*Huge explosions at the US base at Ramadi west of Baghdad, but no word on casualties as I write. Guerrillas killed one soldier, wounded two others outside the police station at Baquba, northeast of Baghdad.
*A large demonstration of 1000 in Nasiriya demanding that the US-appointed city council resign. The leading local Shiite clergyman, Sheikh Asad al-Nasiri, threatens a fatwa permitting the assassination of any council members who do not leave. Two resigned, 18 stood firm. the demonstrators promise to return the next day. They accuse the council members of looting the town more thoroughly than post-war looters stripped Iraq. There have in fact been problems of graft with US appointees to such positions, as in Najaf. Al-Nasiri’s threat of violence is disturbing. Nasiriyyah has a lot of members in the al-Da`wa al-Islamiyyah and possibly Asad al-Nasiri belongs to that party. If so, Ibrahim Jaafari, the head of the national Interim Governing Council, should intervene with him to stop such incitements to violence, which would be illegal even in the US under the “clear and present danger” rule. See http://www.bayarea.com/mld/mercurynews/news/special_packages/iraq/6510257.htm. Things have calmed a bit in Basra, only to flare up in nearby Nasiriya.
*US soldiers killed two Iraqi policemen in Baghdad in a friendly fire incident. The policemen were engaged in a firefight with looters or guerrillas, and the US soldiers took the wrong side. Uh, surely uniforms or walkie-talkies or something can be used to prevent such incidents . . . President of the Interim Governing Council, Ibrahim Jaafari, was deeply angered by this and other incidents: “We have insisted on several occasions to the coalition forces on the necessity of treating Iraqis properly,” otherwise “hatred [will] grow against them. Iraq has traditions and we must respect them and the blood of our compatriots has huge value in our eyes especially when soldiers kill innocent people.” He referred to Iraq openly as “occupied.” And this is the leading Iraqi ally of the US in the country. See http://www.riyadhdaily.com.sa/display_assay.php?id=35237.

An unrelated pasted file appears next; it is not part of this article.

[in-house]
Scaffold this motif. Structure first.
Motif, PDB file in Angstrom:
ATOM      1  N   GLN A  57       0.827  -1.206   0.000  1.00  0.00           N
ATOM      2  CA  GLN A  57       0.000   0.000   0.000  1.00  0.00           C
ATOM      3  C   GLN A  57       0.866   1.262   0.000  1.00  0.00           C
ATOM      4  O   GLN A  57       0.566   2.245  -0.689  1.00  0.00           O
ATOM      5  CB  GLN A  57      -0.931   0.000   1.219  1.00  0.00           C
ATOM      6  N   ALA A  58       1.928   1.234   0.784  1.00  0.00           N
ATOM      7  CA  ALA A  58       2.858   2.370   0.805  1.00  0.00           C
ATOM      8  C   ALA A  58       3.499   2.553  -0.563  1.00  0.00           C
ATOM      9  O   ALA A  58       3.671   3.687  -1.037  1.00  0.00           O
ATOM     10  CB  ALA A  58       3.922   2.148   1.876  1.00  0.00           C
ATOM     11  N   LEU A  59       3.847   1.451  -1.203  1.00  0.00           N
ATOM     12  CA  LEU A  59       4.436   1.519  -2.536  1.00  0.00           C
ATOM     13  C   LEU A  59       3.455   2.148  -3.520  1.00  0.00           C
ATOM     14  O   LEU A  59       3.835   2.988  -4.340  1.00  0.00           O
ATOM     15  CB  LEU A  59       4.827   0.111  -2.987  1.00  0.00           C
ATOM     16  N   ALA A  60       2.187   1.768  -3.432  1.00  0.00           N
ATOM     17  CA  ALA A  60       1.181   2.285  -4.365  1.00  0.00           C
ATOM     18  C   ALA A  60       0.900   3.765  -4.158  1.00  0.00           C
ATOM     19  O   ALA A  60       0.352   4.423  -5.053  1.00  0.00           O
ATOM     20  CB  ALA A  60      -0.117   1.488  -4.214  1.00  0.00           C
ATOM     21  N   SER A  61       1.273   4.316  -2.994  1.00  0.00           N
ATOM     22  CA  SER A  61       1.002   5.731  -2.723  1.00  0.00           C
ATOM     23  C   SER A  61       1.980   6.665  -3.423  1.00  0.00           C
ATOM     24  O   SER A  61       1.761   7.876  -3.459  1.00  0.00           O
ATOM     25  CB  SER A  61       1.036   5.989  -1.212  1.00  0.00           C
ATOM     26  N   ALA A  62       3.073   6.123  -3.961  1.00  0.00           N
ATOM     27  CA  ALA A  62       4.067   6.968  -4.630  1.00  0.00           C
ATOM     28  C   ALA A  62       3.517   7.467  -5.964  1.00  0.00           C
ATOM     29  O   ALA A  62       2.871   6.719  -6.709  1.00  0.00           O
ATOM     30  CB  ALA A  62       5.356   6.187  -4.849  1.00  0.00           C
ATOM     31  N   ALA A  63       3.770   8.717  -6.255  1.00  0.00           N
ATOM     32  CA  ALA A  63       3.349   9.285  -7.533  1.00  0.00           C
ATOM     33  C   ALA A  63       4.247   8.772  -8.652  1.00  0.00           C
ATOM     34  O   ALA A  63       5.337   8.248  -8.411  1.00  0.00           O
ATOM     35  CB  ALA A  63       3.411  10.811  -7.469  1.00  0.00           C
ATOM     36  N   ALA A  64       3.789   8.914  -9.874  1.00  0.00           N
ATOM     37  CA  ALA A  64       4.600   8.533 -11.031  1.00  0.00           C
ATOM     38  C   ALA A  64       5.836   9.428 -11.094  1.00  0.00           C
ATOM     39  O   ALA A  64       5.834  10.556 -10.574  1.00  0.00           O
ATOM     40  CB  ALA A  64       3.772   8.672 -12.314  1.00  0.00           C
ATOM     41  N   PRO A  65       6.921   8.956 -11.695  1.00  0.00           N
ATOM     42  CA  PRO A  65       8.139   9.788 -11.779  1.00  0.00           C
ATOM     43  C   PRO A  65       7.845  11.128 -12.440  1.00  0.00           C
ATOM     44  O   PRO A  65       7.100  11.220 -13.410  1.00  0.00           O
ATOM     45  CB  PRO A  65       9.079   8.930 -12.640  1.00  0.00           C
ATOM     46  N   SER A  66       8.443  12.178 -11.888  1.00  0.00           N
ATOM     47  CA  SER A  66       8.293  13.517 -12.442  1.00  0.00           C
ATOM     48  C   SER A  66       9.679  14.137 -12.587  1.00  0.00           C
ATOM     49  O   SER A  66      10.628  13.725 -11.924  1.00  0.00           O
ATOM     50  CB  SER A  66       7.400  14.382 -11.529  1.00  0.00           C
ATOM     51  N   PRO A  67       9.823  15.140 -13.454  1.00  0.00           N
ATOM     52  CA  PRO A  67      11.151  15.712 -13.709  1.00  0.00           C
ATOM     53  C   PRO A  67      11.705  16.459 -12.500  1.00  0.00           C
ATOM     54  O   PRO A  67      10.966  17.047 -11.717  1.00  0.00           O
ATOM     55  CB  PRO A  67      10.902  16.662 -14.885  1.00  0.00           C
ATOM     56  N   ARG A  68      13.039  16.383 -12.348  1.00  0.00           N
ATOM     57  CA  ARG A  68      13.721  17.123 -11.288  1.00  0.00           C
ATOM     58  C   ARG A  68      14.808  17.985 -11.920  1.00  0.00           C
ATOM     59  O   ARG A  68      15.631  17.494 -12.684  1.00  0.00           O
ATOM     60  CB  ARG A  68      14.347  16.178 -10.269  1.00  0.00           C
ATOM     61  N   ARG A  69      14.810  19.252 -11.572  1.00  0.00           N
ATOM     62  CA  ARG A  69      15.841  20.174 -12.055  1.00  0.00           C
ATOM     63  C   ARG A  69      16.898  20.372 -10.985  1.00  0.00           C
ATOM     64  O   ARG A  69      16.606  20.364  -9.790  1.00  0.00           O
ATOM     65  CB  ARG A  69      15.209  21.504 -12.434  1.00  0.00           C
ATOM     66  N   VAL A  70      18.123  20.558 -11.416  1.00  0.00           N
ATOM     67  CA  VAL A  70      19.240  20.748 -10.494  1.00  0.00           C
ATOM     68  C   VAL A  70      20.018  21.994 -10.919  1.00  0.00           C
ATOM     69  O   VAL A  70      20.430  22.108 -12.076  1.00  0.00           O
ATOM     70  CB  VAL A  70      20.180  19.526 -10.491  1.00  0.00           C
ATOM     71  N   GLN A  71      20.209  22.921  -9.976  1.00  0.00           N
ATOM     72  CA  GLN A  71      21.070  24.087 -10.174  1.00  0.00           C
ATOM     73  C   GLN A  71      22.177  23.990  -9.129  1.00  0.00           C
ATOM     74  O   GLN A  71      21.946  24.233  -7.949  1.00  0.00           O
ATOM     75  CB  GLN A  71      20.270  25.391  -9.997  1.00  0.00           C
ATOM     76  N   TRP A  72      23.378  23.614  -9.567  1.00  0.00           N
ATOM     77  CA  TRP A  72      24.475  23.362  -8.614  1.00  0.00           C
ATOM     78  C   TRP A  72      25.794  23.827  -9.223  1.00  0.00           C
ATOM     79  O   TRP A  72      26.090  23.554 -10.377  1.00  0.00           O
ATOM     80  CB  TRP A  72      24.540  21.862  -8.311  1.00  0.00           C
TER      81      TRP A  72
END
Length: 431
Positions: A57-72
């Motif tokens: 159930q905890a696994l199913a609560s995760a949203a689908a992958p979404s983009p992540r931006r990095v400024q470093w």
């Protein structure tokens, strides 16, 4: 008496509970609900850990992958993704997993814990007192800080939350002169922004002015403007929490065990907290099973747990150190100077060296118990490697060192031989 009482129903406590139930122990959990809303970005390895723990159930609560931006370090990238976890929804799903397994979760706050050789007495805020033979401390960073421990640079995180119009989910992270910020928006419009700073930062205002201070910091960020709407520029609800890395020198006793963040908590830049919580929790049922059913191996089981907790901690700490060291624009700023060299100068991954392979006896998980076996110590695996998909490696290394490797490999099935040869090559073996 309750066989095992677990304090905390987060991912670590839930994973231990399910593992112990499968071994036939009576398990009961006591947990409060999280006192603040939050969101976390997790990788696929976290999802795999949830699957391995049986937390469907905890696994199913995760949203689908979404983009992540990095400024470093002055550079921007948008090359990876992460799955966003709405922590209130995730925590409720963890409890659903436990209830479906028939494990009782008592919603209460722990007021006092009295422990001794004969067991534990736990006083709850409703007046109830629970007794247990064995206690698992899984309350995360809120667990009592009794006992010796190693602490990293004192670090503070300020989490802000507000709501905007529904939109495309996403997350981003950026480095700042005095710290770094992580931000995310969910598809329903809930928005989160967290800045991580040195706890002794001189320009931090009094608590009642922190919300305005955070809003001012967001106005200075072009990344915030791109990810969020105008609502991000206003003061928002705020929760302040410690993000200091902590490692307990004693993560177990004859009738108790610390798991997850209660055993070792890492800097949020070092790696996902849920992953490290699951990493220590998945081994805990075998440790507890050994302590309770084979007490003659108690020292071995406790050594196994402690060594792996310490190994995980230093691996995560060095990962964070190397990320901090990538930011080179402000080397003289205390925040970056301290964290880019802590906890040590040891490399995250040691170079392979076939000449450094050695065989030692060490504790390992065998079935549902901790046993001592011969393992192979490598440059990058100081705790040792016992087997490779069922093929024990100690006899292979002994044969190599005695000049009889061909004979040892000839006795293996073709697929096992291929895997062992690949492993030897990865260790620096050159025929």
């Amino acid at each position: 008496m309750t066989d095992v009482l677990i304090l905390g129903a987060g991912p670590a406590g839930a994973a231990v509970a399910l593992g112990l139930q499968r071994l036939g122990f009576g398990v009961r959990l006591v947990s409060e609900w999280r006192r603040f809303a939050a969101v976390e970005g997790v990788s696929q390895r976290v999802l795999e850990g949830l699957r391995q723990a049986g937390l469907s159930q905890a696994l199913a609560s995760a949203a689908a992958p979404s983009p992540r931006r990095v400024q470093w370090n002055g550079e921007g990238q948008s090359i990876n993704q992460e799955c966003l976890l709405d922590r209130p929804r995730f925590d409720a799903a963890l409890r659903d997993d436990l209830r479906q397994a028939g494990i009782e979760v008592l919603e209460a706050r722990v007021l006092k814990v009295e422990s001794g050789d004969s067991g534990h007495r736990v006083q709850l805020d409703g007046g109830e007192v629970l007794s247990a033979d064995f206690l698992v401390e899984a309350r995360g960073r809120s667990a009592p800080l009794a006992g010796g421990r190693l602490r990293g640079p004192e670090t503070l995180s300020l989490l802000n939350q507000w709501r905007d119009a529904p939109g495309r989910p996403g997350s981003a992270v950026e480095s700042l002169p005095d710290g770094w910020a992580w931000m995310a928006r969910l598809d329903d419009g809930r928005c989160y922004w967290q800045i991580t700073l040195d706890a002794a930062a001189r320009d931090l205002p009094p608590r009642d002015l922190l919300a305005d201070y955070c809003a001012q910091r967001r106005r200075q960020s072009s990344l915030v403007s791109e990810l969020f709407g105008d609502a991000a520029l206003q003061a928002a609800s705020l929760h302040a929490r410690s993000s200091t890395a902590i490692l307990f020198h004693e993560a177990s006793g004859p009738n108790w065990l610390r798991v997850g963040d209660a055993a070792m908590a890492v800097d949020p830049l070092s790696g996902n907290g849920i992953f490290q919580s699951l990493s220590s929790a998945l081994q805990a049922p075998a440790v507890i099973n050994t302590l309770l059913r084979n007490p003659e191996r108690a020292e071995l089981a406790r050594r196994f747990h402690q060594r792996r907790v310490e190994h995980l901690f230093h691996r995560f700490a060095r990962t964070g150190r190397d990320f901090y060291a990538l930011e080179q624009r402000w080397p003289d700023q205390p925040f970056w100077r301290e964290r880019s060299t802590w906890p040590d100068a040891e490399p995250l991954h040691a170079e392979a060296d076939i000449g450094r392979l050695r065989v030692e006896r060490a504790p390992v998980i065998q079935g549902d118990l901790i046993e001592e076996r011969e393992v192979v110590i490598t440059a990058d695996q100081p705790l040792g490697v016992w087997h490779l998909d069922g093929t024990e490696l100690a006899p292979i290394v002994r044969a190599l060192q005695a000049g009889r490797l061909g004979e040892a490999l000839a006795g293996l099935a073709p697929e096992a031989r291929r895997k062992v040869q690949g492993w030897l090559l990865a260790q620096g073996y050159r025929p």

*Some of the recent trouble in Basra may have been stirred up by Shiite cleric Sheikh Abu Salim, a follower of Muqtada al-Sadr, who claims that the Coalition is deliberately depriving Iraqis of electricity and gasoline so as to better control them. See http://www.guardian.co.uk/Iraq/Story/0,2763,1016770,00.html.
Iraqis in Basra complain that with little power, fresh water, or other facilities, “It’s a filthy life.” British officials are chafing that they are unable to influence the US rebuilding program, which has bureaucratic priorities. The British want to concentrate on electricity and fuel and water, but the Americans are busy refurbishing 200 schools–not the first priority of the local British adminsitration. See http://msnbc.com/news/951243.asp.
*Assistant Secretary of State for Near East Affairs, William Burns, has been trying to convince Arab League states to send troops to Iraq, in return for lucrative rebuilding contracts being awarded to businessmen from those states. So far the Arab League is saying “no.” I can’t understand why the US fights a unilateral war and then wants the kind of post-war cooperation that could only have come from multilateral coalition-building *before* the war. And, shouldn’t those contracts be based on open bids, i.e., which firms can do the best job for the least money from the Iraqi treasury, for the benefit of the Iraqi people?
*French President Jacques Chirac is now referring to Iraq as “Halliburton” (the US corporation that has been awarded a lot of Iraq contracts with no open bidding process. New contracts tend to go to Halliburton on the grounds that it now has more experience and assets on the ground than others!)